JAAOS

JAAOS, Volume 14, No. 12


Applications of porous tantalum in total hip arthroplasty.

Porous tantalum is an alternative metal for total joint arthroplasty components that offers several unique properties. Its high volumetric porosity (70% to 80%), low modulus of elasticity (3 MPa), and high frictional characteristics make it conducive to biologic fixation. Tantalum has excellent biocompatibility and is safe to use in vivo. The low modulus of elasticity allows for more physiologic load transfer and relative preservation of bone stock. Because of its bioactive nature and ingrowth properties, tantalum is used in primary as well as revision total hip arthroplasty components, with good to excellent early clinical results. In revision arthroplasty, standard and custom augments may serve as a structural bone graft substitute. Formation of a bone-like apatite coating in vivo affords strong fibrous ingrowth properties and allows for substantial soft-tissue attachment, indicating potential for use in cases requiring reattachment of muscles and tendons to a prosthesis. Development of modular components and femoral stems also is being evaluated. The initial clinical data and basic science studies support further investigation of porous tantalum as an alternative to traditional implant materials.

    • Keywords:
    • Animals|Arthroplasty

    • Replacement

    • Hip|Hip Prosthesis|Humans|Osteoarthritis

    • Hip|Porosity|Prosthesis Design|Tantalum

    • Subspecialty:
    • Adult Reconstruction

Malignant tumors of the hand and wrist.

Malignant tumors in the hand and wrist compose a wide variety of lesions involving skin, soft tissues, and bone. Although these lesions are found elsewhere in the body, many have unique characteristics at this anatomic location. Skin tumors predominate; the most common are squamous cell carcinomas, followed in frequency by basal cell carcinomas and malignant melanomas. Other soft-tissue malignancies are less common but may present more difficult diagnostic problems. They often appear as painless masses that sometimes have been present for months or even years and deceptively appear to be benign. A missed or delayed diagnosis of these tumors can have devastating consequences. Bone malignancies involve both primary lesions, of which chondrosarcomas are the most common, and metastatic lesions. Regardless of cell type, treatment of malignant tumors in the hand and wrist requires special considerations because of the important function of these structures. Orthopaedic surgeons should be familiar with the spectrum of these tumors, the work-up necessary to arrive at a precise diagnosis, and the treatment that will achieve the most favorable outcome.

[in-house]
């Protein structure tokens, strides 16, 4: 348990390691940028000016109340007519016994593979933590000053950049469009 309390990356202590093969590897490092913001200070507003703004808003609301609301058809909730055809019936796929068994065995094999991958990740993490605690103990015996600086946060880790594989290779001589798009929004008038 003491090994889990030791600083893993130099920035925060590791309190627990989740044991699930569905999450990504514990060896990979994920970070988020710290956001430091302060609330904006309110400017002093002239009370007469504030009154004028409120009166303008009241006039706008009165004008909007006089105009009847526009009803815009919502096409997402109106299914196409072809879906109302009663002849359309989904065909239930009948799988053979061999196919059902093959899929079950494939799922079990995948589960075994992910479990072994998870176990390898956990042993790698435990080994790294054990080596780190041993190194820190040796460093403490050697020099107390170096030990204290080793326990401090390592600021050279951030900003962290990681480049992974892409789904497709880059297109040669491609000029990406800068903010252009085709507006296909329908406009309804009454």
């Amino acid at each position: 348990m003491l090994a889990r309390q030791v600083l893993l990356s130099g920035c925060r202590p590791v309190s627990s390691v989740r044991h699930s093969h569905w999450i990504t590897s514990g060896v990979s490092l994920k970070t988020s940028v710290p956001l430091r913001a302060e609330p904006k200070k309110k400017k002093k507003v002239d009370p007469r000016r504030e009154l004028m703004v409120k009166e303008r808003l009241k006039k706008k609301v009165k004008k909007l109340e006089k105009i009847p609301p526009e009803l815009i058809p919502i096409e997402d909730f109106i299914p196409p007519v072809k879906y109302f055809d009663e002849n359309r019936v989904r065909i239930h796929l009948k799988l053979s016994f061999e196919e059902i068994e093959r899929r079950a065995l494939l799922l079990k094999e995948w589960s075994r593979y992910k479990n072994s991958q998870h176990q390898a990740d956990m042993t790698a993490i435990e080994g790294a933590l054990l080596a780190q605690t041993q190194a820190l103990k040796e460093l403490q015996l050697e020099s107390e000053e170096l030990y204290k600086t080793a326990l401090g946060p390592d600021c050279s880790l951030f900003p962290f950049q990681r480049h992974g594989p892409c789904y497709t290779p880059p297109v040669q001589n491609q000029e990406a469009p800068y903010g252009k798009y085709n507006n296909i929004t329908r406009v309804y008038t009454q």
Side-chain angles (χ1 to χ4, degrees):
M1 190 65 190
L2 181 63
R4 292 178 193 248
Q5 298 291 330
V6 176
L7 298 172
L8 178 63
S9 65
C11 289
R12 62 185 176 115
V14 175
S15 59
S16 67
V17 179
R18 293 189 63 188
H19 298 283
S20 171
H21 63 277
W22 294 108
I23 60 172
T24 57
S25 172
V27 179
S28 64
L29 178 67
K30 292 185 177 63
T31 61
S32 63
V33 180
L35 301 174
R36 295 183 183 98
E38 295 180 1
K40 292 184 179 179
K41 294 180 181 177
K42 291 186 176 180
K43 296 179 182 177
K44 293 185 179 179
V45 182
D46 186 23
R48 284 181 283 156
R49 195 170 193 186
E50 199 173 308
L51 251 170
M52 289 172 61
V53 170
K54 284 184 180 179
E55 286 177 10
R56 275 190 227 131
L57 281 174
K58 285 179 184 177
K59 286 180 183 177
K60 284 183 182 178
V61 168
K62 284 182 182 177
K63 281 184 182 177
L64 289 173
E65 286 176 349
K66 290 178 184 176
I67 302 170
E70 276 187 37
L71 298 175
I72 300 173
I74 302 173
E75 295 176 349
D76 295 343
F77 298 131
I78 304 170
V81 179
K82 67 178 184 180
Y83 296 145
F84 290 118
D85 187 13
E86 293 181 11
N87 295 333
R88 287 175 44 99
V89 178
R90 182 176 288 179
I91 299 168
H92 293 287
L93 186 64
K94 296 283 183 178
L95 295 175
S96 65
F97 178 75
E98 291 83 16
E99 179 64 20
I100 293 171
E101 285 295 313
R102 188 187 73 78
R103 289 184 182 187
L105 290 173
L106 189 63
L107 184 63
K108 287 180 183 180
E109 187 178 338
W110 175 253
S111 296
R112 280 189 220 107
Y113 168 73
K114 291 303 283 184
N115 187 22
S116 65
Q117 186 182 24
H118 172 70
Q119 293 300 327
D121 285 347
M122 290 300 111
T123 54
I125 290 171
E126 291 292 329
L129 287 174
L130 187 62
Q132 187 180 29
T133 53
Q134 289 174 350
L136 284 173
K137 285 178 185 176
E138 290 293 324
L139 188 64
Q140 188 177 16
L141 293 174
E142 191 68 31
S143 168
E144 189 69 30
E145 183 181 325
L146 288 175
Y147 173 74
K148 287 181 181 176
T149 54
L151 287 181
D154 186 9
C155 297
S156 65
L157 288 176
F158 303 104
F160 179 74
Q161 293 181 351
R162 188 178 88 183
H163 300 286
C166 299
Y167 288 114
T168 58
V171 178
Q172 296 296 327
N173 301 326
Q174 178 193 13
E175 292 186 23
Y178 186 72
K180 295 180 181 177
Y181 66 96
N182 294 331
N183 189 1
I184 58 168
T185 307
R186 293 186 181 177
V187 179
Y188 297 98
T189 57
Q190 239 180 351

• Keywords:
    • Bone Neoplasms|Diagnosis

    • Differential|Hand|Humans|Orthopedic Procedures|Prognosis|Soft Tissue Neoplasms|Wrist

    • Subspecialty:
    • Hand and Wrist

    • Musculoskeletal Oncology

Patient-centered care.

    • Keywords:
    • Clinical Competence|Decision Making|Humans|Orthopedics|Patient-Centered Care|Physician-Patient Relations

    • Subspecialty:
    • Clinical Practice Improvement

Sacral fractures.

Sacral fractures most commonly occur after pelvic ring injuries but occasionally in isolation. Although the true incidence of sacral fractures is unknown, an estimated 30% are identified late. Sequelae of inappropriately treated or untreated sacral fractures include persistent pain, decreased mobility, and neurologic compromise. Because these fractures often result from high-energy trauma, concomitant injuries should be suspected. A thorough physical examination, including a detailed neurologic assessment and radiographic evaluation, is necessary to determine treatment. Computed tomography of the pelvis/sacrum can provide significant information about fracture pattern. Surgical intervention, often as a combination of neural decompression and stabilization, is indicated in patients with neurologic deficits, significant soft-tissue compromise, and lumbosacral instability. Patient satisfaction with surgical intervention has not been definitively documented, although neurologic improvement with timely intervention has been noted.

    • Keywords:
    • Fracture Fixation|Humans|Sacrum|Spinal Fractures|Tomography

    • X-Ray Computed

    • Subspecialty:
    • Trauma

    • Spine

Slipped capital femoral epiphysis: current concepts.

Slipped capital femoral epiphysis is a common hip disorder in adolescents, with an incidence of 0.2 (Japan) to 10 (United States) per 100,000. The etiology is unknown, but biomechanical and biochemical factors play an important role. Symptoms at presentation include pain in the groin, thigh, or knee. Ambulatory patients also may present with a limp. Nonambulatory patients present with excruciating pain. The slipped capital femoral epiphysis is classified as stable when the patient can walk and unstable when the patient cannot walk, even with the aid of crutches. Because the epiphysis slips posteriorly, it is best seen on lateral radiographs. The treatment of choice for stable slipped capital femoral epiphysis is single-screw fixation in situ. This method has a high probability of long-term success, with minimal risk of complications. In the patient with unstable slipped capital femoral epiphysis, urgent hip joint aspiration followed by closed reduction and single- or double-screw fixation provides the best environment for a satisfactory result, while minimizing the risk of complications.

    • Keywords:
    • Epiphyses|Epiphyses

    • Slipped|Femur|Humans|Orthopedic Procedures

    • Subspecialty:
    • Pediatric Orthopaedics

    • Basic Science

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